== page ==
Taste –  Belgian yeast, spicy with hints of fig and raisins, bready malt, with a good helping of malty sweetness.
Mouth feel
– Good medium body and carbonation with a semi-sweet fruity finish that lingers well after swallowing.
Overall – An easy drinking flavourful Belgian blond ale. With the light hop bitterness and subtle yeast characteristics it still provides a nice spiciness to it along with a good malty sweetness that is reminiscent of honey or candied sugar.
Do I like it?
– Yes, I did. I quite like these beers. I find the malt component with the hop and spice from the yeast bring a nice balance. They are easy to drink and flavourful.


Craft Beer Advent Calendar – Day 13

Beer 13

So begins the second half of the CraftBeer advent calendar.  The first half of it was rather good.  As a recap on the countries we have visited so far we have: Norway, Finland, England, United States, Italy, Australia, New Zealand, Germany, Mexico, Iceland, Brazil, and the United States.  So, thus far we have visited 11 unique countries on 4 different continents!

Today’s beer takes us back to the United Kingdom, this time to Perth in Scotland!  Perth is located to the north of Edinburgh, 42.8 miles away and within the city we will find the brewery who has made us our beer today – the Inveralmond Brewery.

Founded in 1997, this brewery has certainly made a name for itself in Scotland.  The head brewer, Ken, officially joined the brewery in 1999.  A year later he smuggled some yeast to Scotland from the Czech Republic giving the brewery the claim of having the only “official” Czech Pilsner in Scotland.  In 2002, they won Champion Beer of Scotland, no easy task, and continued to grow from that point on.

In 2009 they had grown too big for their original space and laid the ground work to build their brand new brewery.  They moved into the new brewery in 2011 and have continued to expand their production from brewing 8000 pints at a time to now brewing over 32000 pints at any given time. When their local team, St. Johnstone, made it to the Scottish cup for the first time in 130 years, they brewed a special blue beer to show their support.  They are truly a Scottish brewery through and through.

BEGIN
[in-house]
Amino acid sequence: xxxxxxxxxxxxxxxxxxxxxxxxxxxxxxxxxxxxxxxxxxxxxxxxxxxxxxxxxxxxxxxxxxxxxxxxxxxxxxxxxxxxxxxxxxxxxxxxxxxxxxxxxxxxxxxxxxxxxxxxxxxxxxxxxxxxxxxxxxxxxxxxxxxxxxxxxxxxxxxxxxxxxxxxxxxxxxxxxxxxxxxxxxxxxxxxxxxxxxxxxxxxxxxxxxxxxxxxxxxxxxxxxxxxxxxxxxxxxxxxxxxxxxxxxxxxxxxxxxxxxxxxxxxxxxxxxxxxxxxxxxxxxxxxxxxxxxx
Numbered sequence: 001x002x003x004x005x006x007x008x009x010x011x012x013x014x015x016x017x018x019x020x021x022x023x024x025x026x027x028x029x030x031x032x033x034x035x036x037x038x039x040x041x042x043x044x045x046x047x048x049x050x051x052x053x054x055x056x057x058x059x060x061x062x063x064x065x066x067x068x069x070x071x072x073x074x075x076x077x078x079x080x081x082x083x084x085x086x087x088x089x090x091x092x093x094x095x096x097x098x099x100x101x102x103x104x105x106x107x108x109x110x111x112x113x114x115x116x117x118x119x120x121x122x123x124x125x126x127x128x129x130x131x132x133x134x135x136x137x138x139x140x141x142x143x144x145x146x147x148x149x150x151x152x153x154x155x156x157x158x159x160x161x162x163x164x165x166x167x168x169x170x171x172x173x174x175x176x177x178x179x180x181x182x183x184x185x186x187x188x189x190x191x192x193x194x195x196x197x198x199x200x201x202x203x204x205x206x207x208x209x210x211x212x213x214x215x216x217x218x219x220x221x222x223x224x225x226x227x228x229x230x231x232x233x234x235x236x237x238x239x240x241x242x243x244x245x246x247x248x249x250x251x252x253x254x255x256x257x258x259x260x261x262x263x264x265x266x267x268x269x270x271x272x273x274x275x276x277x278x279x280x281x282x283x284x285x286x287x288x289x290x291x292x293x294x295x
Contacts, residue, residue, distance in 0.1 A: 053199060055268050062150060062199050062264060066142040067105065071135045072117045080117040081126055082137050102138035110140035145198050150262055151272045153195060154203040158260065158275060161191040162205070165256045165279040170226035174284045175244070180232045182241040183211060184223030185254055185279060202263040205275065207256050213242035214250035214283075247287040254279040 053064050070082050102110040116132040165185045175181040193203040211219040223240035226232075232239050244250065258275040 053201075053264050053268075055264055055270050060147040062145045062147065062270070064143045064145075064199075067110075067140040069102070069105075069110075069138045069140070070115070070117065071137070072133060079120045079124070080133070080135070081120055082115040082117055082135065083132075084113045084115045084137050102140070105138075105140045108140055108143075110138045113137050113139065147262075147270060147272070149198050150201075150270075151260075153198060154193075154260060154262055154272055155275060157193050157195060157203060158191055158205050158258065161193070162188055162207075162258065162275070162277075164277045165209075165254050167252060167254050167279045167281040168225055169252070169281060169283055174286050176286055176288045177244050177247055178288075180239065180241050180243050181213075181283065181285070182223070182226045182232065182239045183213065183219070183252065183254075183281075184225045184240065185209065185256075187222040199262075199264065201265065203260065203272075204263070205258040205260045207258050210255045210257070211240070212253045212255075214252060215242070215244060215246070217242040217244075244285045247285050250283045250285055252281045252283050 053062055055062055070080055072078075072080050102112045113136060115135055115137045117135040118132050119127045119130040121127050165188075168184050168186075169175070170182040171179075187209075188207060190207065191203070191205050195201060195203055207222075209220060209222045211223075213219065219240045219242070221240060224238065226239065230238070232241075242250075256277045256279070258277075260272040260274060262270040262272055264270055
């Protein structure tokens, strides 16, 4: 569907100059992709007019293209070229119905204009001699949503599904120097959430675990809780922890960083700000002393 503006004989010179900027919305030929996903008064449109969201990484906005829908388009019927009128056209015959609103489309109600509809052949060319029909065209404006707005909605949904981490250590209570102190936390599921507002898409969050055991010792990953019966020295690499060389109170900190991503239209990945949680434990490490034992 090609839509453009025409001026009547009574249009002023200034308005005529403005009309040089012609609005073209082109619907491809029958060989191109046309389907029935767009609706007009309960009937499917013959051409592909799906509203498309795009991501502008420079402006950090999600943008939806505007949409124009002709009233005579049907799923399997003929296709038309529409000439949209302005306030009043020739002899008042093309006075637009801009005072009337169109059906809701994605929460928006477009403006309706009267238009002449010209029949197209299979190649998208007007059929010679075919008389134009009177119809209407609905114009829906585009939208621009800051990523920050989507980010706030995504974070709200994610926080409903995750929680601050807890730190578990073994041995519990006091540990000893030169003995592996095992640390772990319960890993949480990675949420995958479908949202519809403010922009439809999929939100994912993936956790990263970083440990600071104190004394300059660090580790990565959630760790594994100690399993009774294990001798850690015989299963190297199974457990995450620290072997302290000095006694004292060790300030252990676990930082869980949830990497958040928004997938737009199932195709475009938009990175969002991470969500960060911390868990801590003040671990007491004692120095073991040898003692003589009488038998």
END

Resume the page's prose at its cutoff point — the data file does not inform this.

The beer we have the pleasure of tasting from them today is their Blackfriar Scotch Ale.  It’s named for one of the three ancient orders of monks who are central to the history of Perth.  The monastery of the Blackfriar was built in 1231 and was the location of the assassination of King James I by traitors.

Scotch Ales are strong ales which are traditionally known as a “wee heavy” in Scotland. Scotch ales are typically very malty and balanced with hops to land somewhere in the middle ground between sweet and bitter.  This particular beer has been brewed with not only barley malts but also wheat which will give it a heavier, creamier feel.  Balancing with four different kinds of hops this brew promises to have a number of flavor notes and I’m excited to see what it tastes like.

Rating: 78/100

Appearance:  Copper brown beer, clear, 1” of head that retains well.
Smell: Chocolate notes as well as the floral notes of hops.  Smells a bit of caramel as well at the very end.
Taste: Malts come through at the beginning with a creaminess that comes from the wheat malt.  Balances really well with the hops providing a mild bitterness to combat the sweetness of the malts.  Flavours of chocolate come through from the chocolate malt used in the beer.
Overall: Creaminess is really pleasant and goes well with the richness of the malts and the balance of the hops.  This beer has flavours that work well together with the specific body of it and I really found that I was enjoying the beer while drinking it.   The use of wheat and barley malts was really smart and added a lot of character to the beer.
Do I like it: I’m not a huge fan of this style of beer. While I wouldn’t necessarily seek this one out at the liquor store, I did enjoy it and would be happy to drink it given another opportunity.  I feel the hops came through really well to balance the sweetness.  Overall, a beer I really enjoyed.